The high mortality rate of heart failure (HF) patients compared to age-matched controls highlights the severity of the disease and the need for new, improved treatment options, as shown by a new real-world evidence study conducted by Medaffcon.
Heart failure (HF) is a complex syndrome caused by abnormalities in cardiac structure or function. The worldwide disease prevalence is rapidly escalating and is estimated to be between 1-12 % in Europe and the US, increasing with age. The ejection fraction (EF) of the heart is used to classify HF to two groups of approximately equal size: those with preserved and reduced EF. Preserved EF is more common with women, elderly patients, and patients with persistent hypertension, but the distribution of the Finnish HF patients between these two groups has not been studied before. In our new retrospective, registry-based study, the aim was to describe the characteristics of the HF population in Finland, and to estimate the disease incidence, prevalence, mortality, and survival, as well as health care resource utilization.
The study was conducted using the electronic health records of adult patients diagnosed with HF in the hospital district of Southwest Finland between 2004 and 2013. The study included two patient cohorts; the first cohort of 15 594 patients included all patients with the diagnosis and was used to estimate disease incidence and prevalence, while the second cohort of 8 833 patients included patients who had given consent for a more detailed analysis at the patient level. An age- and gender-matched control cohort was established for the second HF cohort, to enable comparisons between health care resource utilization, comorbidities and mortality between HF patients and controls.
The incidence of HF was 3.2/1000 persons and the prevalence was 13.9/1000 persons in 2013. Both the incidence and prevalence increased rapidly with age and were relatively stable during the study period. Of the 8833 patients in the second cohort, 71 % did not fulfil the criteria for preserved or reduced EF due to missing data, which could indicate that no echocardiogram was performed, or there was no record of it in the health records. The most common comorbidities in the HF patient population were renal failure, essential hypertension, chronic ischemic heart disease, pneumonia, type 2 diabetes, atrial fibrillation, myocardial infarction and age-related cataract. All except for age-related cataract were more common in HF patients compared to controls. The mortality of HF patients was high compared to the controls, with a five-year all-cause mortality of 62.6 % compared to 28.3 %. Not surprisingly, age was the strongest predictor for increased mortality. HF patients also had more hospital visits (including outpatient clinic and emergency room) and more frequent hospital admissions compared to the control cohort, indicating a higher rate of health care resource utilization.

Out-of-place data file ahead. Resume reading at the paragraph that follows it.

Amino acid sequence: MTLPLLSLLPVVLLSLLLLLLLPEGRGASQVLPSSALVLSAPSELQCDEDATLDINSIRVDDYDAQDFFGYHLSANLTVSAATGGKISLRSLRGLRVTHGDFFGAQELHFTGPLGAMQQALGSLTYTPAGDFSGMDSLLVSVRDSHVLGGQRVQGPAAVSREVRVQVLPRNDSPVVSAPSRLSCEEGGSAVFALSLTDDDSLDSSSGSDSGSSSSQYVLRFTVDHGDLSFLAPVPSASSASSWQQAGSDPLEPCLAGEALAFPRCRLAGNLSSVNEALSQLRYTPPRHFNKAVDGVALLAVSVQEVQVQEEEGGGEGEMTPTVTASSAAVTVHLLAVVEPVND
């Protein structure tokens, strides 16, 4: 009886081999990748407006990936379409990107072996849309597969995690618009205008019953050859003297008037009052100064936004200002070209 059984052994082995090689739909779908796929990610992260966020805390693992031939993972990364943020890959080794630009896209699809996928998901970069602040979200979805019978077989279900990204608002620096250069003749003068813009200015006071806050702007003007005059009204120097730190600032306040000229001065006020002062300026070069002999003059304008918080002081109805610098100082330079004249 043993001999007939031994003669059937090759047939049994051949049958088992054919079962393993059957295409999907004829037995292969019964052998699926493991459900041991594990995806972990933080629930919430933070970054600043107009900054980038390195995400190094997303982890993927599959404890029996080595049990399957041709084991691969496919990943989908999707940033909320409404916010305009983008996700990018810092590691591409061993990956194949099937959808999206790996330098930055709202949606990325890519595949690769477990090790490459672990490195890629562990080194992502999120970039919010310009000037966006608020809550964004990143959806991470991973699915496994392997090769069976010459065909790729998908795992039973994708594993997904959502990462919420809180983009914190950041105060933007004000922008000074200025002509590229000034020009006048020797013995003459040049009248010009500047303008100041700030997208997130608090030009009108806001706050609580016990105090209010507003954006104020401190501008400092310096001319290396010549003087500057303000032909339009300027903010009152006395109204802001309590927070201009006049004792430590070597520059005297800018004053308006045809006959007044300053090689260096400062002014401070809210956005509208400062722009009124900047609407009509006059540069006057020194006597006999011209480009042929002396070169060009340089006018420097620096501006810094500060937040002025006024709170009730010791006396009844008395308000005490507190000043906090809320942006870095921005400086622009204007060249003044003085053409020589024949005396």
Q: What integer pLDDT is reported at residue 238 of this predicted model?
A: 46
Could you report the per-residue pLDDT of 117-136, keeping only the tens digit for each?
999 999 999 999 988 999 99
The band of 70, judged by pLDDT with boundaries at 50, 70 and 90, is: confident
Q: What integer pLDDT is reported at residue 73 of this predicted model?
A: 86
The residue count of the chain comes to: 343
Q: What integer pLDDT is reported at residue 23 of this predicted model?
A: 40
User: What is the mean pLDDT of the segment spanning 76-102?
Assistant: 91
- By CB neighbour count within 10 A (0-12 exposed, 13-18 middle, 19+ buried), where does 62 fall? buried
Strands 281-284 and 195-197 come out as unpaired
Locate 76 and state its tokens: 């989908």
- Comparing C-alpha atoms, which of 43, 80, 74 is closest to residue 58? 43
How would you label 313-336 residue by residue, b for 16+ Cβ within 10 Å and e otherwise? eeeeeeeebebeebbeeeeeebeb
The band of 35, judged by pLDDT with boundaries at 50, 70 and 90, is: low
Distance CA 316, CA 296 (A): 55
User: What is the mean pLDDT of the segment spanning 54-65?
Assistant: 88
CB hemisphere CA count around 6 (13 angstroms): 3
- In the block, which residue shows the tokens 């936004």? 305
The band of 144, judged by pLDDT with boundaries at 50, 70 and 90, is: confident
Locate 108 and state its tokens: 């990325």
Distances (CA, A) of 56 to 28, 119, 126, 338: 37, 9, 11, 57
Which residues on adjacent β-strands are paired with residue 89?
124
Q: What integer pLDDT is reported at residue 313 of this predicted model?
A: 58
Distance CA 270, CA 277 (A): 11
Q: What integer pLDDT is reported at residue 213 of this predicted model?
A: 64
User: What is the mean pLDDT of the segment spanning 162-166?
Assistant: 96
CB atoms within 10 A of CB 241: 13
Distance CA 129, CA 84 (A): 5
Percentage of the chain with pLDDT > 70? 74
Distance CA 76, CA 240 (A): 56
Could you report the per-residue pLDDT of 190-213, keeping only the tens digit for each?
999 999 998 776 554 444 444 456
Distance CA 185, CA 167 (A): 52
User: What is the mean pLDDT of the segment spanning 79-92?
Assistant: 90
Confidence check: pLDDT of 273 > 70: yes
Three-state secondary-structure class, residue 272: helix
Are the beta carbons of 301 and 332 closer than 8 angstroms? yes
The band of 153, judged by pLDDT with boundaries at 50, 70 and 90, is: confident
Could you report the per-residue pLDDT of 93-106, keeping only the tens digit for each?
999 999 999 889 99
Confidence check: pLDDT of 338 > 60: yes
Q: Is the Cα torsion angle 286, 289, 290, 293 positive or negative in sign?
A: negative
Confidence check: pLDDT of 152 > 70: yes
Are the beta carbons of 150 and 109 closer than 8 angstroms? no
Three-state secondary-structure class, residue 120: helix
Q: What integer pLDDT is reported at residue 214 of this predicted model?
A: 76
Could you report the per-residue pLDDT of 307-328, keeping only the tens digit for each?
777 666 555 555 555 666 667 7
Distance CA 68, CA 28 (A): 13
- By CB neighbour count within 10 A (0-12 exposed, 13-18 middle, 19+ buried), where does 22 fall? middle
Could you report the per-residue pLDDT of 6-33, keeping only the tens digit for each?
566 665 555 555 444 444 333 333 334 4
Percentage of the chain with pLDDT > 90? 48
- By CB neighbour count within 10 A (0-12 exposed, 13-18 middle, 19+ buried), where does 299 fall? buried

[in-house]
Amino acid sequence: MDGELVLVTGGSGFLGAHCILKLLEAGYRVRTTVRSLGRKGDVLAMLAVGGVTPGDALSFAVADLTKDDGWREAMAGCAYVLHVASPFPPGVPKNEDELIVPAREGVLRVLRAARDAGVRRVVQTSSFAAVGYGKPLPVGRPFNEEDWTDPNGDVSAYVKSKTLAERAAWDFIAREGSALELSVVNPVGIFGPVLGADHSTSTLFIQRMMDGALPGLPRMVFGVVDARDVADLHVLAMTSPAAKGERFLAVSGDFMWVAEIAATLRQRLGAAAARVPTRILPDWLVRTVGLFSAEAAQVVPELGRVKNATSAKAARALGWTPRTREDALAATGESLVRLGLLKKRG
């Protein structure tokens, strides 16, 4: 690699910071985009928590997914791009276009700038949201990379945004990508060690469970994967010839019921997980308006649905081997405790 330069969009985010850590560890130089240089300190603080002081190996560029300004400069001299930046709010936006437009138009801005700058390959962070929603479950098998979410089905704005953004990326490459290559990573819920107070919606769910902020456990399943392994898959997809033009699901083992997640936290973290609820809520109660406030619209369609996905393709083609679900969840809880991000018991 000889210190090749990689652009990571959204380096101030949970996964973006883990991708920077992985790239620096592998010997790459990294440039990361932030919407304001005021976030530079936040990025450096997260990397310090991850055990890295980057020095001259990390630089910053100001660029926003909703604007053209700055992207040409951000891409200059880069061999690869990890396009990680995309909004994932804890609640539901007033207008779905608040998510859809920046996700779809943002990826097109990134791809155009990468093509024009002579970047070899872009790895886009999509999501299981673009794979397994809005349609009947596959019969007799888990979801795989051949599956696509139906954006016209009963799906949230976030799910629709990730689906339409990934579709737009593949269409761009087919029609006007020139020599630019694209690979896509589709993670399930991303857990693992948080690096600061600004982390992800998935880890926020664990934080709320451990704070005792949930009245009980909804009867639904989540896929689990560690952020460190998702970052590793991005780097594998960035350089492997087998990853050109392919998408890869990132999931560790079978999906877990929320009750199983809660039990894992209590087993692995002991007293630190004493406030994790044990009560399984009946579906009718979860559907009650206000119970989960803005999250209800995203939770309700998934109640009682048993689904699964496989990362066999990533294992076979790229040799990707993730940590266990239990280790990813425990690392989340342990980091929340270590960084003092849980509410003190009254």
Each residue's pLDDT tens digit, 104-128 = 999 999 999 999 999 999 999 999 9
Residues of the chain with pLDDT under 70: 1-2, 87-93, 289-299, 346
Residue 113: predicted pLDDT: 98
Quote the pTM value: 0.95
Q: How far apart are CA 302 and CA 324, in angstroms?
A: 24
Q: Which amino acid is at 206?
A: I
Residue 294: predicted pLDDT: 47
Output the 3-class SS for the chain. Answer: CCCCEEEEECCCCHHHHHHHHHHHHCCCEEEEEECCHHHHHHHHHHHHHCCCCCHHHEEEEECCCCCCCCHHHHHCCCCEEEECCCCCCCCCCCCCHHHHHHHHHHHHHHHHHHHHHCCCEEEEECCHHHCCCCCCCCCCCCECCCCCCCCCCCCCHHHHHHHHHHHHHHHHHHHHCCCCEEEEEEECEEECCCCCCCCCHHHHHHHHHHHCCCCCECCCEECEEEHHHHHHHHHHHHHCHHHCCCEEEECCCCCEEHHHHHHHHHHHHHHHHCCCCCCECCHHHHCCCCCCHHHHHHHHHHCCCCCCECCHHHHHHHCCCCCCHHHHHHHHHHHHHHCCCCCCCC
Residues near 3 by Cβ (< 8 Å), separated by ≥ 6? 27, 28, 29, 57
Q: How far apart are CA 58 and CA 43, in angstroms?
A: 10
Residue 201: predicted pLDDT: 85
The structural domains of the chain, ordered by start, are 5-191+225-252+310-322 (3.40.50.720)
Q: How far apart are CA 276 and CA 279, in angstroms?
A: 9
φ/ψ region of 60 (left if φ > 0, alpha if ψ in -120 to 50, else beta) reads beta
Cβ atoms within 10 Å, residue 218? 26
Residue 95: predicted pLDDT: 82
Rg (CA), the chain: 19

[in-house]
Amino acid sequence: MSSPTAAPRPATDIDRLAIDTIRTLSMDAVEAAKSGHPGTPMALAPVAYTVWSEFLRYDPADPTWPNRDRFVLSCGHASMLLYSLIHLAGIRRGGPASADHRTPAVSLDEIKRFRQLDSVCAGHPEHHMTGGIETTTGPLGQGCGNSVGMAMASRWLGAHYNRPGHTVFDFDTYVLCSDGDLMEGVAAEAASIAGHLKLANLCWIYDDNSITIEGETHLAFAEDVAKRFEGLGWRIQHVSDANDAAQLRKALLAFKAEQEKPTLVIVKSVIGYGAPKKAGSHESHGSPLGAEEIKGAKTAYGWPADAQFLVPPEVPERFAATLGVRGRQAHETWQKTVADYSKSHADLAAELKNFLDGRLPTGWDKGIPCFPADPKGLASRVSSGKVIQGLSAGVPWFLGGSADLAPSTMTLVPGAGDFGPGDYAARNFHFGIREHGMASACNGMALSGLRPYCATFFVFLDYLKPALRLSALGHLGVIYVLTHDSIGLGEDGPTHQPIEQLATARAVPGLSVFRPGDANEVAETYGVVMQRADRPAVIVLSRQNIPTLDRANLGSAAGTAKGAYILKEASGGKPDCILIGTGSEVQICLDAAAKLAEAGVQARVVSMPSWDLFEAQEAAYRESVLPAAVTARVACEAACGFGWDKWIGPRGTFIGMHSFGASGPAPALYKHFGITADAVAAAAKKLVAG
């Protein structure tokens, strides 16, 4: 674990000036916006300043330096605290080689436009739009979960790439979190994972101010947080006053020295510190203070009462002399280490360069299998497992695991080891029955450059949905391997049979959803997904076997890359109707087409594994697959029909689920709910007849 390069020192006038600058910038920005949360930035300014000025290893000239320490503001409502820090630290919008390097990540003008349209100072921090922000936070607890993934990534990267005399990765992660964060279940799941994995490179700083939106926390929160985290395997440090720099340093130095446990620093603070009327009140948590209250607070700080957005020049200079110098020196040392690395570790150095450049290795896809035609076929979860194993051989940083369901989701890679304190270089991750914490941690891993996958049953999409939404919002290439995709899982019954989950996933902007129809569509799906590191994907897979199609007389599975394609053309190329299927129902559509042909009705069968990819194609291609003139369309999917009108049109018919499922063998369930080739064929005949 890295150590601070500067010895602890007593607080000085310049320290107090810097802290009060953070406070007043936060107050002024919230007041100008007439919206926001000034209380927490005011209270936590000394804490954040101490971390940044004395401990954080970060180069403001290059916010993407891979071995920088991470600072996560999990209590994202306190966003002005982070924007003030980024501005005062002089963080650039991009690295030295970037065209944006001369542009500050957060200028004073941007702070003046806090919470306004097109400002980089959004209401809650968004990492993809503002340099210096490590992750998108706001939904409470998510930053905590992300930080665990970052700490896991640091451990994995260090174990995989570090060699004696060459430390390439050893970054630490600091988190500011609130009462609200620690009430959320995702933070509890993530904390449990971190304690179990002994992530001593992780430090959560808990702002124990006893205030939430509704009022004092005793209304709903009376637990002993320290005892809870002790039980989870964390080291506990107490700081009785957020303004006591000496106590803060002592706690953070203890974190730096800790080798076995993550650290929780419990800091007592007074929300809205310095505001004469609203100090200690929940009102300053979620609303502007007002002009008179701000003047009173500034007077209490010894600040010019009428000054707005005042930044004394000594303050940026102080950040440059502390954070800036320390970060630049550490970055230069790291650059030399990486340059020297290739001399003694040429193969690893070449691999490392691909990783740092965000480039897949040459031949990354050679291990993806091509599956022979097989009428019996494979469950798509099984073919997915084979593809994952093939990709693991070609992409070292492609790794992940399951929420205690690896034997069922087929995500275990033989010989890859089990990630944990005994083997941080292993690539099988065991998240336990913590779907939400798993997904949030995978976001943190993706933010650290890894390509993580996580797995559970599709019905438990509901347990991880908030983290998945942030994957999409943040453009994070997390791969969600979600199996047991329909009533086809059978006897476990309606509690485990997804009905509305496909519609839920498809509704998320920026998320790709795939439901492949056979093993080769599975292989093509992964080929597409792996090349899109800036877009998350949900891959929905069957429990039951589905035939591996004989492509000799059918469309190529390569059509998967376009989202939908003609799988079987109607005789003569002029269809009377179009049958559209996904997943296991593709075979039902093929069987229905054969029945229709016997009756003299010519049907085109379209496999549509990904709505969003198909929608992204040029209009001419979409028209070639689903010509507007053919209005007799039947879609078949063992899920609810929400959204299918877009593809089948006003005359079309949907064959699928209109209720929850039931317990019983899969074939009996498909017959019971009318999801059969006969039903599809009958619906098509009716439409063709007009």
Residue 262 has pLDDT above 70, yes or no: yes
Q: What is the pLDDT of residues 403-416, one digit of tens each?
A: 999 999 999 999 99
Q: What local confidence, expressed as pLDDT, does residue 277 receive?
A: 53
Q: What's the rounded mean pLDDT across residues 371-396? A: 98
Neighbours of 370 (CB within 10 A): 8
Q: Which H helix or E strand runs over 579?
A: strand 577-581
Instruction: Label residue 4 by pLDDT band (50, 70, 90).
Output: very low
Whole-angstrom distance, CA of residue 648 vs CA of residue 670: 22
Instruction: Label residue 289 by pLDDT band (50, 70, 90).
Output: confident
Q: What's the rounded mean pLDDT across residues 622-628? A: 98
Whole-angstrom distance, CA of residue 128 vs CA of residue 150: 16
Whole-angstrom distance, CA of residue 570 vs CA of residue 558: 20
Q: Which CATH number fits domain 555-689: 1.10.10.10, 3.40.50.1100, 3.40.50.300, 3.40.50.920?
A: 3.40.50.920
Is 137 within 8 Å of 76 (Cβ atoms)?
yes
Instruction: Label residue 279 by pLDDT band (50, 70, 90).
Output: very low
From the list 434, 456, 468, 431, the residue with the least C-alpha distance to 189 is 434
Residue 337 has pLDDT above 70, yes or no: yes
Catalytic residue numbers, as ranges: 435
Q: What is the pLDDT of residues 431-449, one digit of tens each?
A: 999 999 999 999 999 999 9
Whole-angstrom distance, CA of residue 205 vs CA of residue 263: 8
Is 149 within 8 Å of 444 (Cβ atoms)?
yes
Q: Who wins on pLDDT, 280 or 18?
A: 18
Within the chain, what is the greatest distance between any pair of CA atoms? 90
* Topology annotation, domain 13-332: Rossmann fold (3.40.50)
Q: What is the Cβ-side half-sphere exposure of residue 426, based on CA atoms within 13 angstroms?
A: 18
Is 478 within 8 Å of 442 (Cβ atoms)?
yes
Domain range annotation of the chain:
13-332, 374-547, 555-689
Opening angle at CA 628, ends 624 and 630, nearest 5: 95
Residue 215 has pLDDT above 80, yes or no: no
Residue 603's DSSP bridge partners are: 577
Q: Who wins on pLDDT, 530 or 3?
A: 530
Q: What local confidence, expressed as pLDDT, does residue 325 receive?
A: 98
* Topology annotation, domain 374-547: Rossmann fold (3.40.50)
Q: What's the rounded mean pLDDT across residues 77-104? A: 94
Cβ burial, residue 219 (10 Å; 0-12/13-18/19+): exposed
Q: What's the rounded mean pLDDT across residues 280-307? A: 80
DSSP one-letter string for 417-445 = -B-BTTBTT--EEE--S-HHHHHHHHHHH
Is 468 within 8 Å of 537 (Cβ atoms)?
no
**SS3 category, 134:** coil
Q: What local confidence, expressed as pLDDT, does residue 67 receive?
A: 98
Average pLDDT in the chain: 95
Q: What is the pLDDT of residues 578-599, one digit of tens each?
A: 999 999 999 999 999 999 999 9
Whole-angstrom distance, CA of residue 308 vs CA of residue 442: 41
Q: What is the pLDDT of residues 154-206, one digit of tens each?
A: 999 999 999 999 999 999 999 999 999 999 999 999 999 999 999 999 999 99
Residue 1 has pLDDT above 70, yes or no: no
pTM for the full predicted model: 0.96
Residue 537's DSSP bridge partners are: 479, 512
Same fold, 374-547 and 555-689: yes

This is the first study examining the proportion of patients with preserved and reduced EF in Finland. Surprisingly, EF data was only available for 29 % of the patients, even though an echocardiogram is one of the cornerstones for HF diagnosis in the national guidelines. The HF patients with unknown EF were on average nine years older than HF patients in general, suggesting that an echocardiogram might not have been performed due to their higher age. This study also showed that despite receiving optimized care, HF patients continue to have a poor prognosis and high mortality rates, highlighting the severity of the disease and calling for further actions in the improvement of HF care.
Huusko J, Kurki S, Toppila I, Purmonen T, Lassenius M, Gullberg E, Bruce Wirta S, Ukkonen H. Heart Failure in Finland – clinical characteristics, mortality and health care resource use among chronic heart failure patients. ESC Heart Failure (2019). DOI: 10.1002/ehf2.12443.